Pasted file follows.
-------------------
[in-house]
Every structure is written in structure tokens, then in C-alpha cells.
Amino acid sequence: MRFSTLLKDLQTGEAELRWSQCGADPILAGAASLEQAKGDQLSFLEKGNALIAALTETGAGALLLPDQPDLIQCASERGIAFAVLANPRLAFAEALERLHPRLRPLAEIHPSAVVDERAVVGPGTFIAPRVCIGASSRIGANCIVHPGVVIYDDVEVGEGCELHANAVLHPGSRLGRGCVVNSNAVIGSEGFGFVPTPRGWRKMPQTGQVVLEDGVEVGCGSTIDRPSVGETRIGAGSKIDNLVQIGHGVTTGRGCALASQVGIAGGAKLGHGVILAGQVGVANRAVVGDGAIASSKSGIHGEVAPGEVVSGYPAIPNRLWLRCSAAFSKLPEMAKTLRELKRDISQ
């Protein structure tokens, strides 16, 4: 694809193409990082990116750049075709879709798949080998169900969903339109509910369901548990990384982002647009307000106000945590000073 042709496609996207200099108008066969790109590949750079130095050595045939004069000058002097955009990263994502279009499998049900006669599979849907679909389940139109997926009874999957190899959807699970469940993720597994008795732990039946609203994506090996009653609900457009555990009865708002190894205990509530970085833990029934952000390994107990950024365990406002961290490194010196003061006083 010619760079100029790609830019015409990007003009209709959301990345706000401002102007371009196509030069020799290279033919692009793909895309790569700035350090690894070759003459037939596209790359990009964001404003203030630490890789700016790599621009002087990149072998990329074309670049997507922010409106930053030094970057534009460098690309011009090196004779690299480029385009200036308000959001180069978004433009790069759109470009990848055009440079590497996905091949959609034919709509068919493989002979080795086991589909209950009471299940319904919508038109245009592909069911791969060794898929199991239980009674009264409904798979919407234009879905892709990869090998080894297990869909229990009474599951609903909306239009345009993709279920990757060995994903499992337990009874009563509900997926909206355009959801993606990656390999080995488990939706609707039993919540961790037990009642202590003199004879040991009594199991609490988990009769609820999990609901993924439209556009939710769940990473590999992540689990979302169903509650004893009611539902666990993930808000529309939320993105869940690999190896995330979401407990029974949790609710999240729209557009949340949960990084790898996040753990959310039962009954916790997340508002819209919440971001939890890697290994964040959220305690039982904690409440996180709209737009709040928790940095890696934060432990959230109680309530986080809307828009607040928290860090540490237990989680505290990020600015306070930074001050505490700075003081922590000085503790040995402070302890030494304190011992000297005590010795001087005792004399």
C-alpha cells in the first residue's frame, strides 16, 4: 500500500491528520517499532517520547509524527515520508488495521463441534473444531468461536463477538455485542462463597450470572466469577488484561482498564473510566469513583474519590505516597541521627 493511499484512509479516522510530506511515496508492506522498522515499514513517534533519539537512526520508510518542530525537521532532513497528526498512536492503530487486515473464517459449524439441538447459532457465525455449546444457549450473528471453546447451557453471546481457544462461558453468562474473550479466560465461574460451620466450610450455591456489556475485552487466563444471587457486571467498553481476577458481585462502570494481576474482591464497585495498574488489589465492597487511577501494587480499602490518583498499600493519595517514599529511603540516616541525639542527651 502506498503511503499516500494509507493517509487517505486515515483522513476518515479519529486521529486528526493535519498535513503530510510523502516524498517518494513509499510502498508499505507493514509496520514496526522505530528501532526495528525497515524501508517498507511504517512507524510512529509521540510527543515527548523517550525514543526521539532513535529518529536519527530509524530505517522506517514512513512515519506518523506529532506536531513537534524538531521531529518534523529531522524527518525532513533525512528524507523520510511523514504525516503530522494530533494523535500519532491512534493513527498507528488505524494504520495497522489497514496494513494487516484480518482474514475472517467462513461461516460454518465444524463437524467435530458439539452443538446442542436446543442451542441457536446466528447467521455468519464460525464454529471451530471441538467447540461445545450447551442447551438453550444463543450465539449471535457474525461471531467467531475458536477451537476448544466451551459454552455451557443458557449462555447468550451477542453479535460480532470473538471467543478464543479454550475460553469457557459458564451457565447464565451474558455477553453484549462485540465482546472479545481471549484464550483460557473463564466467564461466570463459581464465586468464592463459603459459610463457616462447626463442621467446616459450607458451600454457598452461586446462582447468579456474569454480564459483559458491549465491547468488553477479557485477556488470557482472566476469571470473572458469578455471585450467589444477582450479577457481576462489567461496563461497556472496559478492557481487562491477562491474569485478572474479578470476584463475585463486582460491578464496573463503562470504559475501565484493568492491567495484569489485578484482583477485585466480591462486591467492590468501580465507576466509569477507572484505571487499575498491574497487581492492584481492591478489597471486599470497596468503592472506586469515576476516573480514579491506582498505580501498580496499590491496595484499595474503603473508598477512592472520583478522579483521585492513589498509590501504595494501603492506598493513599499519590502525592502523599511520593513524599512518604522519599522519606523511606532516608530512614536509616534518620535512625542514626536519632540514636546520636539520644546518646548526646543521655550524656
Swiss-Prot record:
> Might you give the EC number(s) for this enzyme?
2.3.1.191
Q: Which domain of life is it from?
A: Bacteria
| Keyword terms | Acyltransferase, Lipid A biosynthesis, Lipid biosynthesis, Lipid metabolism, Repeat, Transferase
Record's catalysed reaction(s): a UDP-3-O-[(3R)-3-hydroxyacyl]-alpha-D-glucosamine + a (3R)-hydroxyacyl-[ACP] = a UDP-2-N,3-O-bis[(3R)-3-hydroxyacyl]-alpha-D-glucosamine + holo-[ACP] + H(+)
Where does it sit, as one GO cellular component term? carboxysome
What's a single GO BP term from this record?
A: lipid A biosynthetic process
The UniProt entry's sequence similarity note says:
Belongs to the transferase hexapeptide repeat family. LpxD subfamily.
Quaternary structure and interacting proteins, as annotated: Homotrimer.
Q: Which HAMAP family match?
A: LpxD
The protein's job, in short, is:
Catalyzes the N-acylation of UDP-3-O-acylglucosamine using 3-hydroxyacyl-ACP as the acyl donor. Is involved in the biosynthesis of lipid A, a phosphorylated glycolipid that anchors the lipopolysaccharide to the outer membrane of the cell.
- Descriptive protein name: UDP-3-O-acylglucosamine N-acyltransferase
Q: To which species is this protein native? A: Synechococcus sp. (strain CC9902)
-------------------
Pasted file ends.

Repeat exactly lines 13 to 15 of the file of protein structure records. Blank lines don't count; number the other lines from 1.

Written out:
Where does it sit, as one GO cellular component term? carboxysome
What's a single GO BP term from this record?
A: lipid A biosynthetic process